Bickerstaff said, “Sam has done a heck of a job with the guys and getting them to play with the intensity, and passion. You can see the difference from where they started and where they are now.”
Like Mitchell, Bickerstaff also was thrusted into an interim NBA head coaching job, this time by a firing. Bickerstaff was named Houston interim head coach on November 18, barely a dozen games into the 2015-16 regular season. Under Bickerstaff since his interim promotion last fall, the Rockets played .500 ball and made the playoffs on the season’s final day Wednesday. They will play Golden State in the first round.
“Every game for us matters. It’s been a challenge,” Bickerstaff told the MSR.
“I think if people give them an honest chance, an honest look from where they were last year and the growth they have this year, it’s clear,” said Mitchell.
Wolves Assistant Coach Sidney Lowe earlier this week told the MSR, “I think it’s because of the program we have. We have a program that we do every day before practice. It’s individual work [with each player]. That stuff helps because we are developing players.
“We don’t talk about getting better next training camp,” continued Lowe. “We want to start getting better now.”
“Those guys and the coaching staff put in a lot of hard work to get this group to where they are,” stated Mitchell. “Give those guys credit for putting the work in. Those guys have given the organization a future.”
“He loves them hard,” admitted Lowe regarding Mitchell. “He coaches them hard and loves them hard.”
“We’re always disappointed when we lose,” said Mitchell. “We as coaches have not given them excuses. And to their credit, they haven’t looked [for any]. When they took it on the chin, they came back and fought. What we’ve done this year, and what we asked these guys to do, and how hard we pushed them — to their credit, they responded. So we are proud of them.”
Now sadly, he won’t get the chance to see them progress further. And the Yellow-back Reporterus, many of whom are culturally conditioned, are already pushing Taylor to hire a “more seasoned coach” [transition – White], especially now that Minnesota seemingly has been transformed from dead end to destination.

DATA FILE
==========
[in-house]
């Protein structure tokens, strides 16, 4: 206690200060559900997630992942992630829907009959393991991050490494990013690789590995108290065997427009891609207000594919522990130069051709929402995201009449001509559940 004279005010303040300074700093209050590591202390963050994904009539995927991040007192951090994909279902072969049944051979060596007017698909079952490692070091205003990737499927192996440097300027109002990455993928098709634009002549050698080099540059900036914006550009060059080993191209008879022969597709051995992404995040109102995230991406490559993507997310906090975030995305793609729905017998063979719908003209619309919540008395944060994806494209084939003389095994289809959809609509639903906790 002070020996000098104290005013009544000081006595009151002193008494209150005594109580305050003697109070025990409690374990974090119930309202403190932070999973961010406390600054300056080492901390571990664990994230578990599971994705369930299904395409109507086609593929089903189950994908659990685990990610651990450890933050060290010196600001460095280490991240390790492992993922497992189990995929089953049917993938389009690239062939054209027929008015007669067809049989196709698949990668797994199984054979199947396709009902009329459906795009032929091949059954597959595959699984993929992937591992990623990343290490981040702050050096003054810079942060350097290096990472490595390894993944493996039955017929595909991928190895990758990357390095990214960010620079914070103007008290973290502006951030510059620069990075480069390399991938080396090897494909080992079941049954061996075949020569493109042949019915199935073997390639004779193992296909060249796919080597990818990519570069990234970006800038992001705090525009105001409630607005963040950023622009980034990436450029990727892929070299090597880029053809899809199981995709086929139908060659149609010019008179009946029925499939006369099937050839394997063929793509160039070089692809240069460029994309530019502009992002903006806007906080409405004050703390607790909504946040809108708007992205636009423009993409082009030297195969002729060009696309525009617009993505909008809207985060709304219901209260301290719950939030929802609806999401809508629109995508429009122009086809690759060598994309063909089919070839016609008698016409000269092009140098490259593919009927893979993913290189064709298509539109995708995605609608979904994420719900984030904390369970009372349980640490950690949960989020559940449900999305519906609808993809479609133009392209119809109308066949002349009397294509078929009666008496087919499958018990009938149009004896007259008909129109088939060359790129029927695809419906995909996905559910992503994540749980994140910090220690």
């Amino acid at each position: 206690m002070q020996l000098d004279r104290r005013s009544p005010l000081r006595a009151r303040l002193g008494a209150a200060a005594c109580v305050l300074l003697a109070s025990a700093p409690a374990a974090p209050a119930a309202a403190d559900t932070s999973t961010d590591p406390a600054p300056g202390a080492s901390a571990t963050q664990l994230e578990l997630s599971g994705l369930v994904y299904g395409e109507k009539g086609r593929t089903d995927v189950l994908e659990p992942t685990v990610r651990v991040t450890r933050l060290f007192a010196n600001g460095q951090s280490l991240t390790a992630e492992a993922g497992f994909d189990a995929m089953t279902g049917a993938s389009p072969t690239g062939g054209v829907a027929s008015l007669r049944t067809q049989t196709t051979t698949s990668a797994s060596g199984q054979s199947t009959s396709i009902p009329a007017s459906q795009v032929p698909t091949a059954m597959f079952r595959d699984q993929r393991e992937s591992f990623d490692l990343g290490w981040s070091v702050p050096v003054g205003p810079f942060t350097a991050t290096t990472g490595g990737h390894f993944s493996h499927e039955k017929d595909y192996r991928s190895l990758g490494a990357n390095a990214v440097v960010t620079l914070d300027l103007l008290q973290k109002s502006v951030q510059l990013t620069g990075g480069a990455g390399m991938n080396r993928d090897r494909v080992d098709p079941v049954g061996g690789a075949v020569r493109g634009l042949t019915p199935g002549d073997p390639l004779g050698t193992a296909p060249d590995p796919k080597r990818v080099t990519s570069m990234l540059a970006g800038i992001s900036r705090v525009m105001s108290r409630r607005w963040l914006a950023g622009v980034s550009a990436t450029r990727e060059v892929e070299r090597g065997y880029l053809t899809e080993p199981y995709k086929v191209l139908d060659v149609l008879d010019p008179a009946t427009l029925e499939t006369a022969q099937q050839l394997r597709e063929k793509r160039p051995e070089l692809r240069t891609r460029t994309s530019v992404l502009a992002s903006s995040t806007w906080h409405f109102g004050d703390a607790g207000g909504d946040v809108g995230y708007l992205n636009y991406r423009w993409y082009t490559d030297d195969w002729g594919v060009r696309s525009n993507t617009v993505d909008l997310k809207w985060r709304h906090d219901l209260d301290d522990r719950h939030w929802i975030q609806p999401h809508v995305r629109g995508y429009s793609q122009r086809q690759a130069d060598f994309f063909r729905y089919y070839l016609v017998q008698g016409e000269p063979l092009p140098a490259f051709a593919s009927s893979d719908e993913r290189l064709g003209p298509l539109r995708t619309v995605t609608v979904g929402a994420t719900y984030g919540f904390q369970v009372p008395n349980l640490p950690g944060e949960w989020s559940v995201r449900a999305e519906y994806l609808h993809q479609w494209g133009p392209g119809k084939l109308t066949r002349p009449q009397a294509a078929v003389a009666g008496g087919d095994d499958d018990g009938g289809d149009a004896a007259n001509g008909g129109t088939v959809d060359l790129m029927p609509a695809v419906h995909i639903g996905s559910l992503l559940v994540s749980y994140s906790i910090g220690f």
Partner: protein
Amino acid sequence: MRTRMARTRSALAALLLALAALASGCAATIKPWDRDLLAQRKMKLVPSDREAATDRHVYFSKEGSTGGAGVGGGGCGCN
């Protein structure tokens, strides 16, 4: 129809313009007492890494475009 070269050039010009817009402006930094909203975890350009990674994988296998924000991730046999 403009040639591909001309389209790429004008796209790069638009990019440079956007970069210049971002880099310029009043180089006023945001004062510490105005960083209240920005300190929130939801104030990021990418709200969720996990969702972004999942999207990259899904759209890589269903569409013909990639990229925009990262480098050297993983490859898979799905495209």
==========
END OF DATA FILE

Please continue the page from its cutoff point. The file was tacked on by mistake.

“No one talked about the future of the Timberwolves at the start of the season,” recalled Mitchell. “No one talked about this as a good job. No one. It’s amazing to me that all of a sudden, it’s a good job. I thought it was a good job when we started the season [but] I did not see one article.”
“Sam did a solid job,” said ESPN NBA Analyst Jalen Rose on Mitchell. He told the MSR Thursday during a media call that the team’s young talent improved under him.
“That’s the nature of our business,” said Lowe, a former NBA head coach himself. “They [the media] are going to pull for you and some are going to go at you no matter what. [But] if you’re realistic, if you get credit for the losses, you should get credit for the wins and the players getting better.”
Although Houston is an underdog to favorite Golden State, we still are rooting for Bickerstaff. The same for the other league Black coaches.
We always root for Black coaches, whether interim or permanent.
Charles Hallman welcomes reader responses to email@example.com.
Charles Hallman is a contributing reporter and award-winning sports columnist at the Minnesota Spokesman-Recorder.